“The Black Mist Descended” ~ a guest post by the legendary Jake Barton

 My guest blogger today is the amazing Jake Barton, enigmatic author of Kindle bestselling thrillers Burn, Baby Burn, its sequel Blood and a number of others (one of which is FREE currently). Do go and look him up on Amazon or at his blog:  Ramblings of a Deluded Soul 

The following bio is written by Jake at my request:

Jake Barton lives a determinedly unpredictable life. By design. He makes minimal use of planning, acts on impulse and yet, somehow, manages to make it all work. Most of the time.

He used to be someone completely different – this present incarnation is a massive step down. Jake was known by another name for many years. He was younger then, clever, hirsute, handsome, good company, sensible and superbly fit. Sadly, none of the above apply now.

He writes crime fiction with a hard edge, making use of a life which frequently brought him into contact with major drug dealers, gang leaders, heroin addicts and many other denizens of society’s underbelly. Many of them were fascinating company and regarded him as a friend, albeit a one-sided friendship doomed to be short-lived.

During the course of an unconventional life, touched by wanderlust, involving much movement around the globe, he has been a labourer in a steel-works, taught English and History, been a work-study engineer, a restaurateur, civil servant, Nightclub bouncer, antique dealer, owned a small French vineyard and also had another job that he’s not supposed to talk about where most of the background for his crime novels was learned the hard way over the course of twenty hard years.

To define Jake Barton in one word would be difficult. “Wastrel” comes pretty close.

He writes, sporadically, but doesn’t think of himself as a writer, even though he’s somehow managed to sell in excess of 60,000 books, so far, in 2011. He’s about to set off again, wandering the world, sans map, compass or any idea where he’ll end up. As plans go, it’s rubbish! Sounds about right, then.

The Black Mist.

I used to have a very stressful job. A very specific job for which very few are suited and even fewer stay the course. It involved undercover work, befriending criminals and drug dealers to gain access to gang bosses and major importers. Myself and my colleagues worked in different areas to avoid become known and I met my fellow workers perhaps only once a year. There were eight of us at the ‘sharp end’ and about fifty behind the scenes. Of the eight who did the job at the same time as myself, over a period of twenty years, only three are still alive. Including me, well, obviously!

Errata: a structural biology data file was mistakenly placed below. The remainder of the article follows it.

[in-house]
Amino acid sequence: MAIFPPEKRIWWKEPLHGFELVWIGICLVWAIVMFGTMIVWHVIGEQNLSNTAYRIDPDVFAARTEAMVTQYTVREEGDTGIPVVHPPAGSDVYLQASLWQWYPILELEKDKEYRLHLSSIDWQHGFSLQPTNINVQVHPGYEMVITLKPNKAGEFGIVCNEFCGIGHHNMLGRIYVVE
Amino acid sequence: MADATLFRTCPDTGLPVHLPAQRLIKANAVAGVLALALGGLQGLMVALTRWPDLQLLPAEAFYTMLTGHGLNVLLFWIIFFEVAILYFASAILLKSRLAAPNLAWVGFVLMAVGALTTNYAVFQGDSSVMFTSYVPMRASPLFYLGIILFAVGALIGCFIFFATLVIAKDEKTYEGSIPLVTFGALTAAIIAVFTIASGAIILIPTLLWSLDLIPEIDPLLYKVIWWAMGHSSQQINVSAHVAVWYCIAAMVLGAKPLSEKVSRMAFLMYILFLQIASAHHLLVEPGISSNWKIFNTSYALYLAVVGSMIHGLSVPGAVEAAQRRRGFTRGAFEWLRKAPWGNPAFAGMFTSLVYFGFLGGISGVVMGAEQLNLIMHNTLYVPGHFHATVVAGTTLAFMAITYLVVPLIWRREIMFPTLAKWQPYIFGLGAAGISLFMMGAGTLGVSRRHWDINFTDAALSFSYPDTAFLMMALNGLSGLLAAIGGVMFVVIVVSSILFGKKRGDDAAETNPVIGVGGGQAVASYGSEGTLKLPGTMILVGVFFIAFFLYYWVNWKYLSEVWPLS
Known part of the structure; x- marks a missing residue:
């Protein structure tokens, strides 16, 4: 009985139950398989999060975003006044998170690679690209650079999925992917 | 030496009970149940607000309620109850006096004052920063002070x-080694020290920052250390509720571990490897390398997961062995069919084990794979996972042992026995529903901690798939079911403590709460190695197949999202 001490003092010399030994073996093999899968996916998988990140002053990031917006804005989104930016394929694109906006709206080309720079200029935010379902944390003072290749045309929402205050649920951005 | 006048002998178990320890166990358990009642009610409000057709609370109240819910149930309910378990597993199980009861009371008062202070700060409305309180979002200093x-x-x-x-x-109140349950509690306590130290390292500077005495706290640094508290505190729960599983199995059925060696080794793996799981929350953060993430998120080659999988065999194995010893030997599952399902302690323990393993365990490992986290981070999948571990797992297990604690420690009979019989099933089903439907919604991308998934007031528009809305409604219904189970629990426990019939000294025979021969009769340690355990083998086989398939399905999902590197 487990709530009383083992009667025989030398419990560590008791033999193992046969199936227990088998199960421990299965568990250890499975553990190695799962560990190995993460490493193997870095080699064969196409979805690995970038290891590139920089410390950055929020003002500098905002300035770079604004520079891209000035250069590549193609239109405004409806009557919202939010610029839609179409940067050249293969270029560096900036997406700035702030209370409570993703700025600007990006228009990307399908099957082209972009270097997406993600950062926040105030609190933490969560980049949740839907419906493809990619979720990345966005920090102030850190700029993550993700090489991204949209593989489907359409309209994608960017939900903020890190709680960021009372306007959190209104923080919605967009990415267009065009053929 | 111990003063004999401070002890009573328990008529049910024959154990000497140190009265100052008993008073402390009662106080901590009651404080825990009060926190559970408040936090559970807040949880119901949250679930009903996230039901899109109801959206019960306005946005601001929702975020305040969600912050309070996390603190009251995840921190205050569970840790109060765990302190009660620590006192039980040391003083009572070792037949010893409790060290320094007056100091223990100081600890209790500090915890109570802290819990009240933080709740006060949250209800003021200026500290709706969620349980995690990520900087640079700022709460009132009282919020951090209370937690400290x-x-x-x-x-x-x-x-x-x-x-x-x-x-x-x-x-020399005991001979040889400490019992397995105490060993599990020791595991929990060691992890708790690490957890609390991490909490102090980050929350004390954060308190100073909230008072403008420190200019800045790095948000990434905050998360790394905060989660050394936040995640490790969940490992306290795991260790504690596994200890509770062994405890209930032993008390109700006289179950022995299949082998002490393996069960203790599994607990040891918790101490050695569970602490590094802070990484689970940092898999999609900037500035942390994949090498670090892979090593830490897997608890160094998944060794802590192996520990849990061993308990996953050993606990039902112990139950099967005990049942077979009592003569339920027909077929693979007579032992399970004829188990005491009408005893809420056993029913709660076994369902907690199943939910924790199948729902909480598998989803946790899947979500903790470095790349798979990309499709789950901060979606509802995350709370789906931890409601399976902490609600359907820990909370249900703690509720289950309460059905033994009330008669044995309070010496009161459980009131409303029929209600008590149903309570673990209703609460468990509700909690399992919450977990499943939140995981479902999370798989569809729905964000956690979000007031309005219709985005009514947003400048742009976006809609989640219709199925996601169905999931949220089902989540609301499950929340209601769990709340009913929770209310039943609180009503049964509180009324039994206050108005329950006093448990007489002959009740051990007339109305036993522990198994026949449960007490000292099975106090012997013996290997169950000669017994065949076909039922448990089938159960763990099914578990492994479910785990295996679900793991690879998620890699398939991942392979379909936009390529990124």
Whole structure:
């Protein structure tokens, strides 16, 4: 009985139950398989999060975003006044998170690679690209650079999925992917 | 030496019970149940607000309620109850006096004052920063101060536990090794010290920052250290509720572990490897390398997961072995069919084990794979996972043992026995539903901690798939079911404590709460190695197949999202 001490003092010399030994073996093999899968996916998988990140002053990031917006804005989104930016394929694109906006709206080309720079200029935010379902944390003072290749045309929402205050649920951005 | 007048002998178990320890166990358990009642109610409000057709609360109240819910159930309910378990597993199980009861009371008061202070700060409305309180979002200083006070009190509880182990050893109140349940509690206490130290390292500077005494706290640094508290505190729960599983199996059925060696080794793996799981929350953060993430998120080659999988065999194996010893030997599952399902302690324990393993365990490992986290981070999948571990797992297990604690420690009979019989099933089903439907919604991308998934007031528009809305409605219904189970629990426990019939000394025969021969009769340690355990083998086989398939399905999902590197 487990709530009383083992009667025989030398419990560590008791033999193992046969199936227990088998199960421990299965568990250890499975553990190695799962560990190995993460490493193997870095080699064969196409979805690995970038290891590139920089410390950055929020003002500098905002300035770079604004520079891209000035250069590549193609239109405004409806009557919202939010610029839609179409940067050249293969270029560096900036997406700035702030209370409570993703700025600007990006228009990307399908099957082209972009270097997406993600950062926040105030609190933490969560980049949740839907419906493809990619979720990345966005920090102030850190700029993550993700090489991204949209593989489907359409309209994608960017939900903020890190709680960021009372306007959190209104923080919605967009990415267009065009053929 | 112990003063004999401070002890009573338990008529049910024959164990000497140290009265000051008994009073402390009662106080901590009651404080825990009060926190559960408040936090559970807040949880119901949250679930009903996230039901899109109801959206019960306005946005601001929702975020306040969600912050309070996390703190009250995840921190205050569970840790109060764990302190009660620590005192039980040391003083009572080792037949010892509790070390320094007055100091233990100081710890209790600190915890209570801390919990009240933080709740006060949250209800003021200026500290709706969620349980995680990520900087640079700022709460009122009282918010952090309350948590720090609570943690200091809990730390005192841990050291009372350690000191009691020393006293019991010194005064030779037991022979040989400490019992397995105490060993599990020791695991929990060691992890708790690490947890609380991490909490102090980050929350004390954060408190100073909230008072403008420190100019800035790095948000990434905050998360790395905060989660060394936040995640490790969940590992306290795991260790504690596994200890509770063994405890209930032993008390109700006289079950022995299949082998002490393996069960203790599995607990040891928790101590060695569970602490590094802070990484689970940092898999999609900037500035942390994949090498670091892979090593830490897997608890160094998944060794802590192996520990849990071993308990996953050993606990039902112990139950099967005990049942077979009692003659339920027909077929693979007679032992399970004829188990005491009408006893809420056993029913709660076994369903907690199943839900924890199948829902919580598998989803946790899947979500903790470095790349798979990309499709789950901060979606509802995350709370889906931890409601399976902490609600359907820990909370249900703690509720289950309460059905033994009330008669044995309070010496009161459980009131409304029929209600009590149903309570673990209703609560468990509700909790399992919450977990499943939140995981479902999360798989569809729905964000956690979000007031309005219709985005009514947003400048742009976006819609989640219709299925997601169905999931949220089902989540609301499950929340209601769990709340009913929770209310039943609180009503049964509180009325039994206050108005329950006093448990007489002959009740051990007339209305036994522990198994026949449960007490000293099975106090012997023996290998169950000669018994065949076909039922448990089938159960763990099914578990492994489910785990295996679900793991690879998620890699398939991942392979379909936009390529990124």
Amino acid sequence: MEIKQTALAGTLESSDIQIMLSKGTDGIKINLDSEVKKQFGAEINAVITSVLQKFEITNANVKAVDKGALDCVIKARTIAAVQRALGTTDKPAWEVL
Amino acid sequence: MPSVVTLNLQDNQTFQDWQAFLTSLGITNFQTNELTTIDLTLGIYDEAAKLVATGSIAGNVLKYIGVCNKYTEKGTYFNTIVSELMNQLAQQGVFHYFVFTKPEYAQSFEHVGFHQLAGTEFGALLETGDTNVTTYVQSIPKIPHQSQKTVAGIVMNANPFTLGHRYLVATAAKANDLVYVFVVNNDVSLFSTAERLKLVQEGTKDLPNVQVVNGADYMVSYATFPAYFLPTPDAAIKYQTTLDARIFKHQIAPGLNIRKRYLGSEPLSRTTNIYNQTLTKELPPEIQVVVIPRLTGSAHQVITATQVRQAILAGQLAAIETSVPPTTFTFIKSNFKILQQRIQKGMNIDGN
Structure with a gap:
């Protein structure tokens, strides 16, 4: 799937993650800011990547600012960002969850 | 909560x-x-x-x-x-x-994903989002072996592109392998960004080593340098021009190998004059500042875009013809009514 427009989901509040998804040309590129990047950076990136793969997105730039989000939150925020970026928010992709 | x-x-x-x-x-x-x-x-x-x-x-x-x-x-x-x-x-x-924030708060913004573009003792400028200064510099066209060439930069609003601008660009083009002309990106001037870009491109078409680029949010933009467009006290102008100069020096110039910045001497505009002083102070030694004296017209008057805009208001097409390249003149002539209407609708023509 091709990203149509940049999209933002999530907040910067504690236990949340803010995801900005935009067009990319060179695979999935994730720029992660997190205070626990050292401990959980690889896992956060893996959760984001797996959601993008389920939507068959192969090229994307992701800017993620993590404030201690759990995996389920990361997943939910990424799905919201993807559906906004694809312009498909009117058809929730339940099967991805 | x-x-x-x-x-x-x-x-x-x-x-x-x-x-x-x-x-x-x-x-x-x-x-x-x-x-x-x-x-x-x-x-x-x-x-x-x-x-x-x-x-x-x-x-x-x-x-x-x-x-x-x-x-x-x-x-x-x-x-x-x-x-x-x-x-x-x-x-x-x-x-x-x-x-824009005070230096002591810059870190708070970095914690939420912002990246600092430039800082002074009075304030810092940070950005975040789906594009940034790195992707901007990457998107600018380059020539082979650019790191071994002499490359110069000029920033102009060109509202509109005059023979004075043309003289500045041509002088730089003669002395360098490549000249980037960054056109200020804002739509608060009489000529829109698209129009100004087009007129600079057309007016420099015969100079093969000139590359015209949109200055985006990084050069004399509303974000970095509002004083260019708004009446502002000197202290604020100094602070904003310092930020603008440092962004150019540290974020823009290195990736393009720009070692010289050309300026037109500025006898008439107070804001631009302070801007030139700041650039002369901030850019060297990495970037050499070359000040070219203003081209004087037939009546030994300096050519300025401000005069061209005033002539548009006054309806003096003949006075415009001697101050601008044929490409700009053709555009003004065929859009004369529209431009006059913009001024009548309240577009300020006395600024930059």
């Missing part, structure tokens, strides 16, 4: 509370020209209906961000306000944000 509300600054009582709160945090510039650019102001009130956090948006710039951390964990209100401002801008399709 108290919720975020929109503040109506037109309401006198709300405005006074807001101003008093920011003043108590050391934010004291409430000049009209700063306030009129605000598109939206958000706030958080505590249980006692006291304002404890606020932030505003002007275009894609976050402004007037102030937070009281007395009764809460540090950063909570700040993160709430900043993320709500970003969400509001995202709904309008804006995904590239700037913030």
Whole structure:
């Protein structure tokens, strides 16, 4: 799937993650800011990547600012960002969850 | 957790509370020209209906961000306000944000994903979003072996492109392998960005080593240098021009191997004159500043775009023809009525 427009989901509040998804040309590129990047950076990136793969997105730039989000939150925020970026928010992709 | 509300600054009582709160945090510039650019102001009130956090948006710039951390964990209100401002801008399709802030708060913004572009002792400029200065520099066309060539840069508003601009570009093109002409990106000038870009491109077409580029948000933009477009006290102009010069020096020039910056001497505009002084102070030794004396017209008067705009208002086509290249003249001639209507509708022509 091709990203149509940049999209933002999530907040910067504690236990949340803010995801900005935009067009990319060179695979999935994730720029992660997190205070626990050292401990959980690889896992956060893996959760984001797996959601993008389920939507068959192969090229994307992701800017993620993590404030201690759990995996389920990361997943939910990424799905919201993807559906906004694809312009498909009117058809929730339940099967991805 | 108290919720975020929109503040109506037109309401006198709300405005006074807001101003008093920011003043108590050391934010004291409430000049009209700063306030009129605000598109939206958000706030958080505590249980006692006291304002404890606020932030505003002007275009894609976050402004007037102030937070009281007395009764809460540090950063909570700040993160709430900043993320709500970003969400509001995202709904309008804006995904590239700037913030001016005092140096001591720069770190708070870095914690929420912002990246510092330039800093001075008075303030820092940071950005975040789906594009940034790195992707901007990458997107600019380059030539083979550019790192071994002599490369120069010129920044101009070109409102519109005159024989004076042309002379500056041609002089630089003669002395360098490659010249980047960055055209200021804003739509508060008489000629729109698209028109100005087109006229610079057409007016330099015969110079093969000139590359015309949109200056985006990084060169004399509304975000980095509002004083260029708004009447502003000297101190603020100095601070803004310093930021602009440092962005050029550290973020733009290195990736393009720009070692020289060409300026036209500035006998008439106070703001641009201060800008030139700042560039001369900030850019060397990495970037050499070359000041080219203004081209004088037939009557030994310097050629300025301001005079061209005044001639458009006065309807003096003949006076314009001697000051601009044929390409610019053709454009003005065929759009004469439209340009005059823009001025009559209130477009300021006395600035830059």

The constant danger, the retribution meted out if the carefully planned cover failed, the difficulty of adapting to life after the job ended all contributed to this high level of attrition.

I wrote in my own blog recently about meeting a former colleague in Stoke Mandeville Hospital, the spinal injuries unit. He’d been beaten so severely he’d been presumed dead and thrown from a speeding car by his assailants. Despite being paralysed from the neck down his positive attitude was massively uplifting.

I’d kill myself, if I could’, he said to me, but then laughed out loud. ‘Nah, I wouldn’t. I couldn’t stand the idea of my wife finding me and thinking, you selfish bastard, what’d you do that for?’

Selfish. The word he chose resonates with me even now. My friend died, in his sleep, three years after I last saw him. His wife gave me his watch, ‘to remember him by.’ I can’t imagine ever forgetting the bravest man I ever met.

Depression has been in the news lately, prompted by the tragic death of a fine man, Gary Speed. I’ve known a few people who’ve taken their own life. In only one case can I honestly say I ever saw suicide as a possibility. That exception was a young man I’d met when I was still playing rugby. Jason was nineteen and a prodigiously gifted athlete, but in desperate need of direction. He’d never played rugby, but I persuaded a friend to offer him a job and begged him to come to training, learn the rudiments of the game. Within two months I was picking him in the first team, on the wing where his inexperience would be less obvious. His pace and enviable fitness stood him in good stead, but it was the friendship of his team-mates, the social aspects of the sport, that made the biggest difference. He was a changed person; no longer drifting through life, but happy and contented with a new job, a girlfriend and a group of mates who thought the world of him.

On Boxing Day, on a pitch that was beginning to freeze, he turned, slipped and tore his cruciate ligament. I’ve had the same injury. It’s painful and restricts your movement for a long time. Unable to play, he came to the clubhouse less and less often. I was worried about his fragile nature, but had, myself, received a serious injury, and was out of touch with my team for a few weeks. When I was fit enough to get out I went to see Jason at home and found his mother in tears. She’d found his body less than an hour ago and the doctor had just arrived and pronounced him dead. I stayed with her, trying to find words suitable for occasions like this.

There aren’t any.

He’d been so good,’ she said, ‘then the black mist came down again.’

The black mist. Depression. We don’t understand it; can’t rationalise it, yet it can disrupt a person’s life to such an extent they can’t bear it any more.

Two former work colleagues took their own lives. Apparently, without anyone close to them having the faintest idea of how bad the situation had become. I knew them both and was shocked to the core when I heard the news. Yes, the job played a part. I’m sure of it. Twenty years on, some memories will never leave me. I’ve recently started to write, in very general terms, about my work experience. It’s hard. The recollections are buried deep. That’s my safety valve. I’m a positive person. I don’t ‘do’ depression, but I understand it. As for suicide; I can’t imagine the level of despair that brings about this decision.

Is it ‘selfish’ as my friend in Stoke Mandeville said? In a way, yes. Of course it is. The people left behind. Those closest to you who love you, care for you. Their despair, that feeling they could have done more, prevented this. I know they feel that as I’ve felt like that on three separate occasions. The problem is: the decision to end one’s life is made under conditions where all rational thought has fled. The ‘black mist’ is control.